It also has a video out port so you can output video to a larger screen, while the 10/100 Ethernet port will get you hooked up to your home or office network with ease. The ports are all grouped on the left hand side of the machine, rather than spread around the chassis. Where you prefer the ports and connectors on a notebook to be situated is a subjective thing, so itâ€™s worth considering this before purchase.
Battery life is pretty phenomenal; I used this machine for a sold three days without recharge, mostly having it on sleep mode, using it for an hour or so during my tube journey, playing CDs and generally waiting for it to go flat. It didn't.
For a real 'road warrior' this is a pretty compelling machine, you really will get a true working day out of the G4, and at just over 2kg itâ€™s a very portable system. As someone who helps a sales team that really does travel around the world, I know having a small, powerful laptop with good battery life is an extremely useful business tool. However, this machine's key market is the consumer and the overall usability and design lend themselves well to the target audience.
Due to the power of current software and operating systems, and the still evident truth of Moore's Law, near enough any machine you can buy in the shops today is going to meet the needs of the average home user. What comes to the fore are the elements that make it a machine you can use straight out of the box, and one that looks good. Apple products look like they come from designers that Ikea wish they could afford. And an iBook does work straight out the box, with a bombproof operating system, and a range of consumer orientated applications that are extremely easy to use.
You have the iLife suite of media applications, iTunes for music, and iPhoto for digital images and iVideo for your home movies. All these are highly intuitive, and produce good results
You also get AppleWorks, a productivity suite that has a long heritage, having started out as ClarisWorks, and has been around as long as Microsoft Office. Unlike Office it hasn't become a de-facto package, with a host of powerful features that are, unfortunately, deeply buried and ignored by ninety percent of users. Instead you get a competent combination of word processor, spreadsheet, database and presentation applications that would cover the needs of the majority of students and consumers. It also has compatibility with Word and Excel 2000 formats, so you're not cutting yourself off from the rest of the world.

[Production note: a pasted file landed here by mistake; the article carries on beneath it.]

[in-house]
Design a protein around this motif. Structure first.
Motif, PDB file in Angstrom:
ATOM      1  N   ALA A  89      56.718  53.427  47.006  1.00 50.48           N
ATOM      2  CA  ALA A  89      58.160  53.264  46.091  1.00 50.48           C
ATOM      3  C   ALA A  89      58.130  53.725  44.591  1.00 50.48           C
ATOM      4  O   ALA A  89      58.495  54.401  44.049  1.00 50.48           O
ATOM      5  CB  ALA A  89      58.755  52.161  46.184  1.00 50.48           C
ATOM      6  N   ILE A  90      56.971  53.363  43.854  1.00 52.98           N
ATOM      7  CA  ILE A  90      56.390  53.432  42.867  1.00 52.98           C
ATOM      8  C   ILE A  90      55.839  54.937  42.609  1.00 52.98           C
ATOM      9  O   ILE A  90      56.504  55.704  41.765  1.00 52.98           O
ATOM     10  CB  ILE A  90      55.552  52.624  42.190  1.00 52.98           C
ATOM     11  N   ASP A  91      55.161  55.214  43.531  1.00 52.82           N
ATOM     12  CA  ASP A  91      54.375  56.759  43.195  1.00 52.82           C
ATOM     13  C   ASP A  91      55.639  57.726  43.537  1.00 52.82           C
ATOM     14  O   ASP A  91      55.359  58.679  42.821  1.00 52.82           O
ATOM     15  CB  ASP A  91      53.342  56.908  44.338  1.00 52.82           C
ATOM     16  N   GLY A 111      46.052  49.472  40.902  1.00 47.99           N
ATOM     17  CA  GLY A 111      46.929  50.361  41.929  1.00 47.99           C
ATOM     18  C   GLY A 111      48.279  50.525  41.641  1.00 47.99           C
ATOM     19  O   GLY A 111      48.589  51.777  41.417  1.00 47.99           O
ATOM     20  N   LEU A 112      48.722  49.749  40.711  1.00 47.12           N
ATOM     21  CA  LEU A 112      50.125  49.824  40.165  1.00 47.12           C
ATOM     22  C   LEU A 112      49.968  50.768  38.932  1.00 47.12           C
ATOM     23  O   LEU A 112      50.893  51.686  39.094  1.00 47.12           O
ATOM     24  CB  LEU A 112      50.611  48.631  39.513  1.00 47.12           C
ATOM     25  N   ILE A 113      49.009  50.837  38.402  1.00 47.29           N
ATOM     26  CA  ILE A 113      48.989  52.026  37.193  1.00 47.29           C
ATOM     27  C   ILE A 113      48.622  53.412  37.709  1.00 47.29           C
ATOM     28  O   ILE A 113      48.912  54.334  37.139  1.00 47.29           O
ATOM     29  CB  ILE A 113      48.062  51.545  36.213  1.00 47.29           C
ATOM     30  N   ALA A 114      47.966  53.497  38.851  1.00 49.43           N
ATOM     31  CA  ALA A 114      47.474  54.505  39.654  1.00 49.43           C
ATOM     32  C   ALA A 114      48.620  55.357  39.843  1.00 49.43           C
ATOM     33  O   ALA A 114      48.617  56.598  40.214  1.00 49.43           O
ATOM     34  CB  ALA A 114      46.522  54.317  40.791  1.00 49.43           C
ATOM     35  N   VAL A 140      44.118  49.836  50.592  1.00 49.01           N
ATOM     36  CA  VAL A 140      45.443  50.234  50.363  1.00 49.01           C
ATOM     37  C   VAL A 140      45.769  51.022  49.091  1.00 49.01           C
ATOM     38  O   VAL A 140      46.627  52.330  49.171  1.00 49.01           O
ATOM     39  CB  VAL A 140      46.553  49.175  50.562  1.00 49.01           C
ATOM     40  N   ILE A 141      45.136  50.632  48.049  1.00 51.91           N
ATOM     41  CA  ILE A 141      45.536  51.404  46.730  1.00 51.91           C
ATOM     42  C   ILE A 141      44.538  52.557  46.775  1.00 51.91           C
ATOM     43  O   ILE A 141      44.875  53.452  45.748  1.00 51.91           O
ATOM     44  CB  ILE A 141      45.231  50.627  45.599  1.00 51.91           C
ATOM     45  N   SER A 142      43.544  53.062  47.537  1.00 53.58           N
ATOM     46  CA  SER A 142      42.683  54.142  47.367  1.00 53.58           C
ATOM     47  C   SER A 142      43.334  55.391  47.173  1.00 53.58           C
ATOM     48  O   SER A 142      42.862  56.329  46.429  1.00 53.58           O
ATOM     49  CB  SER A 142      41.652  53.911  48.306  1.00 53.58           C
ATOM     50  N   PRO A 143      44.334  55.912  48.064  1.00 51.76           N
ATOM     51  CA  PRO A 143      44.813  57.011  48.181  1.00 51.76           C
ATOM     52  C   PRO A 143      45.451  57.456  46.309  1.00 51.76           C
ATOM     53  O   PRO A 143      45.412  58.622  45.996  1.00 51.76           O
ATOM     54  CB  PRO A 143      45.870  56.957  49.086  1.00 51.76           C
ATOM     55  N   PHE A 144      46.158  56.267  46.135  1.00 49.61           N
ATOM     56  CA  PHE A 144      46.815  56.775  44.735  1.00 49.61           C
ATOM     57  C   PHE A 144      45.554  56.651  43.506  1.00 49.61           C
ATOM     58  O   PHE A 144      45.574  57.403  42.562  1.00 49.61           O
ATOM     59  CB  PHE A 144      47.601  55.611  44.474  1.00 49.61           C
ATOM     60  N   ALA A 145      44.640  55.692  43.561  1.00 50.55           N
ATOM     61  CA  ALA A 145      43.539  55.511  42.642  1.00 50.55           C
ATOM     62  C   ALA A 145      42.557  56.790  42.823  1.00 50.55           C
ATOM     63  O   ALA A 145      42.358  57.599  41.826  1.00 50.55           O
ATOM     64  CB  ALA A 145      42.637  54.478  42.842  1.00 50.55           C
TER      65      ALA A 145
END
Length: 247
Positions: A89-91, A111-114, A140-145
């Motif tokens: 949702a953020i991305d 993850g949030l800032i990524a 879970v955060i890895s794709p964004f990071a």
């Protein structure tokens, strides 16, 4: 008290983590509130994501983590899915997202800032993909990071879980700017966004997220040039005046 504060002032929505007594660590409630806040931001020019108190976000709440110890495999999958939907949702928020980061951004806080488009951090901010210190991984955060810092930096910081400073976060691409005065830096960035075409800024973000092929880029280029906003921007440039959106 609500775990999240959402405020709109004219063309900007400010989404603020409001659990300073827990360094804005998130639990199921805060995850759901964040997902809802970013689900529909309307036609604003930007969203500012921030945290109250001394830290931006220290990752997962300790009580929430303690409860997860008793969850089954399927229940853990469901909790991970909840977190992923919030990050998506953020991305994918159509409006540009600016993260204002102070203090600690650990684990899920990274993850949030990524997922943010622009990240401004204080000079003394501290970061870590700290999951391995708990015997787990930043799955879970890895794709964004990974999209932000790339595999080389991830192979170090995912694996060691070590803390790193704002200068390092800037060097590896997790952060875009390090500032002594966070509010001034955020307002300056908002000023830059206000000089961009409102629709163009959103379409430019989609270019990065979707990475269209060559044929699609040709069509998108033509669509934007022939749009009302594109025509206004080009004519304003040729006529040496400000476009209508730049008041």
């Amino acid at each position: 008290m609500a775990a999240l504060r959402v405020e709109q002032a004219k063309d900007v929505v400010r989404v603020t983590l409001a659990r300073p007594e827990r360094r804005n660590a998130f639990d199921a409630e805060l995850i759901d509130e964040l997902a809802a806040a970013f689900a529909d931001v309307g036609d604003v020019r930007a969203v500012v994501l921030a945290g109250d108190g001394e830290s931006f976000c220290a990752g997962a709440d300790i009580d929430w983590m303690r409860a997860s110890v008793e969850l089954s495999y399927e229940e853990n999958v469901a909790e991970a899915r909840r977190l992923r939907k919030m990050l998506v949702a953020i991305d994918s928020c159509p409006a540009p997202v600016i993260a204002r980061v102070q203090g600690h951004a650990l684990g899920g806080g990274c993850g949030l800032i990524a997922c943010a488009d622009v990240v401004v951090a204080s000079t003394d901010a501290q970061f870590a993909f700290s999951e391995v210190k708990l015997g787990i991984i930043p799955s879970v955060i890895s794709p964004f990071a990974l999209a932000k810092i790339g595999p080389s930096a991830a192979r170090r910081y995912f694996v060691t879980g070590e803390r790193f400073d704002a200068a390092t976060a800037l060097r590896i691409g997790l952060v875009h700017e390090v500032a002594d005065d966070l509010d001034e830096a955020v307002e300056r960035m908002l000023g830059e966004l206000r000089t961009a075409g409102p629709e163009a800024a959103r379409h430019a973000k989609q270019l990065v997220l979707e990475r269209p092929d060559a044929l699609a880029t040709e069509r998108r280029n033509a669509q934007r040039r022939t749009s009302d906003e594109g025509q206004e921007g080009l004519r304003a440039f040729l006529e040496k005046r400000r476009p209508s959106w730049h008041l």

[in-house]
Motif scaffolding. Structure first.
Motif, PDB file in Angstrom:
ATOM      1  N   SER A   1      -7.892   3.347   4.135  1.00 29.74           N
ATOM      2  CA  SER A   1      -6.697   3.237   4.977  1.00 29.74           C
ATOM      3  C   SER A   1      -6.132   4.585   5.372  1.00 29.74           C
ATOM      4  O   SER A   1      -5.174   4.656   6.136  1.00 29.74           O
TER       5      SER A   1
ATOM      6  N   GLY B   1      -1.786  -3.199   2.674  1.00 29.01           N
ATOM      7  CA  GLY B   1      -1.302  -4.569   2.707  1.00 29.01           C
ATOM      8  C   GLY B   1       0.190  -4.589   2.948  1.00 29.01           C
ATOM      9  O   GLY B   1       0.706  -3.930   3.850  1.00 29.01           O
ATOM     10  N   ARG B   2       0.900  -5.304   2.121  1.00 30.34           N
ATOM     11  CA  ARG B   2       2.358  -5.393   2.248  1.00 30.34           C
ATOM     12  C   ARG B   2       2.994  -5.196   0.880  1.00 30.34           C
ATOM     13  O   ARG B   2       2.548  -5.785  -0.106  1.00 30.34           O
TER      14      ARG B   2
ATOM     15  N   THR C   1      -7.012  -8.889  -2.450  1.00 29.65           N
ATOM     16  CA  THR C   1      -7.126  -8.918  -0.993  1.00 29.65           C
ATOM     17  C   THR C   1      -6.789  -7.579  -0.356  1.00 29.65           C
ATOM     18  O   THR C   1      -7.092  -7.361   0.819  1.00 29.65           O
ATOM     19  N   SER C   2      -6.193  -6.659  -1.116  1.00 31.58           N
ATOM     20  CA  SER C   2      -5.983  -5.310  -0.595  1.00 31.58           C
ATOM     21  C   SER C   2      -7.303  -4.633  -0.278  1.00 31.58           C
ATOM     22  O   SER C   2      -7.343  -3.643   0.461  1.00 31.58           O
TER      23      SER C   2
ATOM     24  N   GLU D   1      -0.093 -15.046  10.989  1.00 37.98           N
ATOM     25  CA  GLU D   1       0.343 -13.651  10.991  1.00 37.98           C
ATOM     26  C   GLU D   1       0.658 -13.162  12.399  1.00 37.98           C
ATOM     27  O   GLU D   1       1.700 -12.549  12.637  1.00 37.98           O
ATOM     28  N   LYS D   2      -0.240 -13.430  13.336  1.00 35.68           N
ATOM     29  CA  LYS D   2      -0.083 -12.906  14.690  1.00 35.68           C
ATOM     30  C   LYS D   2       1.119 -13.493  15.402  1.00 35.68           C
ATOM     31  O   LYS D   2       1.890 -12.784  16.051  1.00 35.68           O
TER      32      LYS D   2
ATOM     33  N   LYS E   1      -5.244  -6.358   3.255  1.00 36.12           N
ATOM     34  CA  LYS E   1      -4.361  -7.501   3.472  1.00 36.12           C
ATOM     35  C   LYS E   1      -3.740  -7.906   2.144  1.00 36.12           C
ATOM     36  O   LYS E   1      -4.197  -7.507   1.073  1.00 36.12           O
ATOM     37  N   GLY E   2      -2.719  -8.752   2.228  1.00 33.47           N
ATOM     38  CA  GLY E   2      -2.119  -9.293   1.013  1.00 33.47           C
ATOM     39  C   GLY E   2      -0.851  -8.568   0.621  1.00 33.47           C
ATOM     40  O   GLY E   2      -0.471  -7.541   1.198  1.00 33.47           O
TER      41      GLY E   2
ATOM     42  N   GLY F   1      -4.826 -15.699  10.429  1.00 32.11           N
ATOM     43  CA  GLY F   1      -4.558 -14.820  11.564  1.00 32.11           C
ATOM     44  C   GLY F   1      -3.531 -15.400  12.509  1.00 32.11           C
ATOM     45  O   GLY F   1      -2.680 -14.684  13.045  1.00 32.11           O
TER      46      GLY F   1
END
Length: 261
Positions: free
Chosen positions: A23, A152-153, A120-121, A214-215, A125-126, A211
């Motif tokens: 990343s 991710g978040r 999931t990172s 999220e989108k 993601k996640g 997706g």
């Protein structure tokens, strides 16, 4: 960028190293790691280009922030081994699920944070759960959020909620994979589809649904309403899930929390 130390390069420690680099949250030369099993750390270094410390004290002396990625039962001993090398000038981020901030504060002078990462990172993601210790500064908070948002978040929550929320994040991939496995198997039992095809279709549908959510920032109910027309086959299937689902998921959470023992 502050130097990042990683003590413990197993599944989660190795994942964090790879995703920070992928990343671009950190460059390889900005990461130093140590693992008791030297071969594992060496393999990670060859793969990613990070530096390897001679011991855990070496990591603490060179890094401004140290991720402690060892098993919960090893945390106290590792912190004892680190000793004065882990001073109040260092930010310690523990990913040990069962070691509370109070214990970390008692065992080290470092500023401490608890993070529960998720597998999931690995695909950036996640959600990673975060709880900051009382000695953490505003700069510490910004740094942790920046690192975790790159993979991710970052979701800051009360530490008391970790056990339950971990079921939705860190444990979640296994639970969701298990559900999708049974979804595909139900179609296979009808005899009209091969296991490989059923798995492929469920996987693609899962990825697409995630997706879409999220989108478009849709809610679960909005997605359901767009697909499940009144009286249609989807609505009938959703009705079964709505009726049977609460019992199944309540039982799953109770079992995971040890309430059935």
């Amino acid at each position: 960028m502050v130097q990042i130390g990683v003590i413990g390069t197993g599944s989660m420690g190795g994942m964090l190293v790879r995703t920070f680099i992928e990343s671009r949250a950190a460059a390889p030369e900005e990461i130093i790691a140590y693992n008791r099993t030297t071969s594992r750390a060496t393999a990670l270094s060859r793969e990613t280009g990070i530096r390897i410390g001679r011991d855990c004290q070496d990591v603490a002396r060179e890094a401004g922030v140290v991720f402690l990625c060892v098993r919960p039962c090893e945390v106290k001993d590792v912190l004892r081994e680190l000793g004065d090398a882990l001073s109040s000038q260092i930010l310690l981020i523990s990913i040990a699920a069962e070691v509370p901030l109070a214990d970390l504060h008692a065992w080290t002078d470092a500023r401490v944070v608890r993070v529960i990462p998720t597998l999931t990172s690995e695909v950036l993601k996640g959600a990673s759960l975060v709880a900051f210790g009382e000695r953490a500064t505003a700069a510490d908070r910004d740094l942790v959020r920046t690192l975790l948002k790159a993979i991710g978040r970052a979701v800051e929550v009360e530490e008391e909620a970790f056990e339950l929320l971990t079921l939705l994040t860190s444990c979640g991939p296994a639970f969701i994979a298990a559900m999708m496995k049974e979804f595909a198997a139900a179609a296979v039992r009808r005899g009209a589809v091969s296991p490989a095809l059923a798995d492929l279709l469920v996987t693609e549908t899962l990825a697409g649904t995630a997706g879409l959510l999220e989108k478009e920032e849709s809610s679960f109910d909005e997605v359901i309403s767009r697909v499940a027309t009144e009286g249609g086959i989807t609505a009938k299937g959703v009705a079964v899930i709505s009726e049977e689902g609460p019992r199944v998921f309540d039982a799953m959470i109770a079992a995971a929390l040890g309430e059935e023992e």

If you pay, and this has to be done at purchase, for the Bluetooth and Airport Extreme options to be installed you get a very useful business user package. With very easy synchronisation between suitable Bluetooth equipped phones and the OS10.3 Address Book, which I've tested on PowerBooks. With this you get a very easy way of backing up and organising your contacts.
Airport Extreme is the WiFi 802.11g standard implementation from Apple, which will give you higher bandwidth than the more common 802.11b standard seen in most PC based notebooks. That said, you have to be connecting to an 802.11g wireless network to make use of the extra bandwidth.
Thereâ€™s no denying that the Â£849 asking price is reasonable, especially compared with the current crop of Centrino based notebooks on the market. However, itâ€™s also worth noting that youâ€™re only getting 256MB of RAM and a 30GB hard disk, which is half of whatâ€™s seen on many PC notebooks. In fact if you increase the memory and hard disk size, and install the Airport Extreme card, the price jumps up to around Â£1,060. Taking this price into account the iBook is a bit less compelling. In fact you can pick up the award winning Acer TravelMate 661LMi for less than Â£100 more, giving you a larger screen, much higher resolution, PC Card and memory card slots, as well as a smart card reader for extra security.
But ultimately you donâ€™t necessarily buy an Apple because of the specs and power, and the whole iBook package is appealing to the consumer who doesnâ€™t want to invest in extra productivity software.
The G4 iBook is a nice little notebook computer for the consumer market. Itâ€™s true that you can get something more powerful and better featured if you look to the Windows based market, but the iBook is undeniably stylish and simple to use. Itâ€™s worth factoring in the upgrades mentioned earlier, but you do get a pretty full suite of software as standard.